4 million BTC worth more than $ 28.5 billion are likely at risk from quantum attacks
There have long been stories about bitcoin at risk of being wiped out by quantum computing. But they are specifically enforced by Google’s recent announcement of its supercomputer achieving quantum supremacy. The topic that is now hotter than ever is that many people are starting to wonder if quantum computing is really dangerous for BTC.
4 million BTC worth more than $ 28.5 billion (as Stash mentioned) are potentially at risk from quantum attacks.
Bitcoin at risk
According to Deloitte researchers, people are not using or reusing p2pk addresses anymore and there are still 4 million BTC still vulnerable. In other words, this is how much BTC can be affected and endangered by quantum computing. The researchers said that all bitcoins in the ‘pay to public key’ (p2pk) addresses, as well as p2pkh addresses (paid for public key hashes), are in danger.
P2pk addresses were used to store pretty much BTC in the early days, including coins mined by Bitcoin Bitcoin creators. Some estimates say that such addresses contain about 2 million BTC. In other words, these are bitcoins that are directly mined and left in wallets for years.
However, when p2pkh appeared in 2010, it was preferred over p2pk and most of the coins created in the last 10 years were stored in these addresses. However, the number of bitcoins stored in such addresses is said to be around 2.5 million BTC.
Now, there’s been a lot of speculation about whether quantum computers will kill bitcoin, and the answer seems to be no. Or at least, not immediately, because quantum computing has more development to undergo before it becomes a real threat to BTC. This has led to many conversations regarding how the cryptocurrency industry can prepare for the so-called “quantum supremacy”.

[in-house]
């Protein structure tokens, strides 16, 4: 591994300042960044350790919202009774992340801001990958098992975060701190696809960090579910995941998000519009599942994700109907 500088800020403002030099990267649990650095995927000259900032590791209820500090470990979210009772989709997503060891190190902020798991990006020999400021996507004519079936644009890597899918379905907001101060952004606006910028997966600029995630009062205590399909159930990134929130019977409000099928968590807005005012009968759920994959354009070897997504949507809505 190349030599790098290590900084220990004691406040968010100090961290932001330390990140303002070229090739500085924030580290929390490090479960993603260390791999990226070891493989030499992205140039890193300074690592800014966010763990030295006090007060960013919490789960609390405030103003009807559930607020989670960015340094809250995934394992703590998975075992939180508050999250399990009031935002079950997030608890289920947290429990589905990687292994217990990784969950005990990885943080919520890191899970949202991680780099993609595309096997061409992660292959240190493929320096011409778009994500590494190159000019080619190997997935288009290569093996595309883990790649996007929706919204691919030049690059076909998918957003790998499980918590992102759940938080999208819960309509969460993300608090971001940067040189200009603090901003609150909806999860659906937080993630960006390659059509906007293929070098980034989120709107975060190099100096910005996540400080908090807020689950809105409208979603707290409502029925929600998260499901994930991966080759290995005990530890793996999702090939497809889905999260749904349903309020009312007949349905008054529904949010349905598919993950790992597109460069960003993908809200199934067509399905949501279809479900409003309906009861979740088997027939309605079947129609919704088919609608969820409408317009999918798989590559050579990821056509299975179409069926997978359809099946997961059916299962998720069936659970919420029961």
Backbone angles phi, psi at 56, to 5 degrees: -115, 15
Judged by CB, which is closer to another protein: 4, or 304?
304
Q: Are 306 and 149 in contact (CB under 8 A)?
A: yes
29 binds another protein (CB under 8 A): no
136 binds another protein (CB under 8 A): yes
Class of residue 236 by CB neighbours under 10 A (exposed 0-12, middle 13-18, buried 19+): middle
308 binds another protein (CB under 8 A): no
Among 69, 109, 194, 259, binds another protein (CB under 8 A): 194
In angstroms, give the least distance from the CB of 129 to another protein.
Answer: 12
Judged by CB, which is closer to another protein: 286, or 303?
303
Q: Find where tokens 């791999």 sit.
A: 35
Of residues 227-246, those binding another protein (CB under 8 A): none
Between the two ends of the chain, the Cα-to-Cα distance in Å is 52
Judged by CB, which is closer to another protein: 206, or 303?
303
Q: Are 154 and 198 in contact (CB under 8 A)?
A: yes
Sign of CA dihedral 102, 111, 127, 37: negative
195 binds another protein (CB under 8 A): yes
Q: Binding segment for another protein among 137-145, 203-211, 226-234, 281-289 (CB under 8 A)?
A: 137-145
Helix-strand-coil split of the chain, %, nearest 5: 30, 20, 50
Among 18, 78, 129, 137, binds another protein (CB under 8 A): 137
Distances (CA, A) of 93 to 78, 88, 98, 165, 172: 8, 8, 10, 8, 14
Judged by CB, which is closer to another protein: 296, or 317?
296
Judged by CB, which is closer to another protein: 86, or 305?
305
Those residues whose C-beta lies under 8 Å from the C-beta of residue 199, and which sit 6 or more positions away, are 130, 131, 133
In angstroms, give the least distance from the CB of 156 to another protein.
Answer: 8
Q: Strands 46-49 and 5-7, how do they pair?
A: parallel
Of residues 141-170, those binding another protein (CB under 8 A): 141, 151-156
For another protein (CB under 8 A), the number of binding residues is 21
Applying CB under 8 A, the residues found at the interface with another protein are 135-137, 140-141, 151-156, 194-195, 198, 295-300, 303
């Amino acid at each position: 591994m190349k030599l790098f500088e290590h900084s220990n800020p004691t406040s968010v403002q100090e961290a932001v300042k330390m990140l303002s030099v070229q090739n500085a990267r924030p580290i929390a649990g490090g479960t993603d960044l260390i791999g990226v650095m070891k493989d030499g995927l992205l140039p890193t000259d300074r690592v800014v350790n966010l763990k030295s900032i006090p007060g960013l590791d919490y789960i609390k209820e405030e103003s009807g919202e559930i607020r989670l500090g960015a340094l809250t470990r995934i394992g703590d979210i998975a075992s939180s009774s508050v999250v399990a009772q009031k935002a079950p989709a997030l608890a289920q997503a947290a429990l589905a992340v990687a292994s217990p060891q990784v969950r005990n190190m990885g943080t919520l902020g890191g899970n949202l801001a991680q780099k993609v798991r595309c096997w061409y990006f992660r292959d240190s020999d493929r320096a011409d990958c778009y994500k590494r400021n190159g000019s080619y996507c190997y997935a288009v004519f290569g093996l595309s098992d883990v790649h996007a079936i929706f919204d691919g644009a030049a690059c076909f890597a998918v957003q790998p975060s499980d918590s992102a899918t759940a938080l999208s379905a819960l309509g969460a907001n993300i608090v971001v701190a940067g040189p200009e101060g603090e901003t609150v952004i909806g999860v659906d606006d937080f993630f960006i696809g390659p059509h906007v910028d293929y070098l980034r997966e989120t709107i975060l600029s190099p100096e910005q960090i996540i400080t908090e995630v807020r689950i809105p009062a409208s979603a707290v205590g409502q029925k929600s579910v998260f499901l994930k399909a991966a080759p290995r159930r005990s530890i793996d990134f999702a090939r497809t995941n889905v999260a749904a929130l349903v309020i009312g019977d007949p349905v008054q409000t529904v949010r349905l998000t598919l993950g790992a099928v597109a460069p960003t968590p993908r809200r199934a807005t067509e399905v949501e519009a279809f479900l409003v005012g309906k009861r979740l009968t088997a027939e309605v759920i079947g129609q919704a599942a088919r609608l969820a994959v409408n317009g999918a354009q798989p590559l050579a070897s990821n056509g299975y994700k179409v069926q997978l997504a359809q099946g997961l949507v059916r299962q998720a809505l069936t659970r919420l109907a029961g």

What is quantum computing?
Quantum Computing: it sounds like the future because until recently, it was. But today, we have marked an important milestone in quantum computing research that opens up new possibilities for this technology.
Unlike classical computing, which runs everything from mobile phones to supercomputers, quantum computing is based on the properties of quantum mechanics. Therefore, quantum computers are capable of solving problems that are too difficult or even impossible for classical computers. As a better battery design, find out which molecule can make drugs efficient or minimize emissions from making fertilizer. They can also help improve existing advanced technologies such as machine learning.
Science magazine Nature has announced the result of Google’s efforts to build a quantum computer that can perform a task that no classical computer can do. This is known in the field as the quantum supreme of the user. In fact, our chip, called Sycamore, performed a calculation in 200 seconds, which would make the world’s fastest supercomputer 10,000 years.
Quantum computing and Bitcoin
So what does quantum computing have to do with Bitcoin? Can people theoretically break Bitcoin with quantum computation? The short answer is no, but quantum computing will probably bring some problems to be solved. As a general assumption, it is unlikely that quantum computing will be available to mainstream users within the next ten years at an affordable or effective price to try to ruin the security of Bitcoin or steal money from users.
Two things in Bitcoin could be affected by the advent of quantum computers. The first is the security of elliptic curve cryptography systems when used to sign transactions, and the second is the hash function itself.
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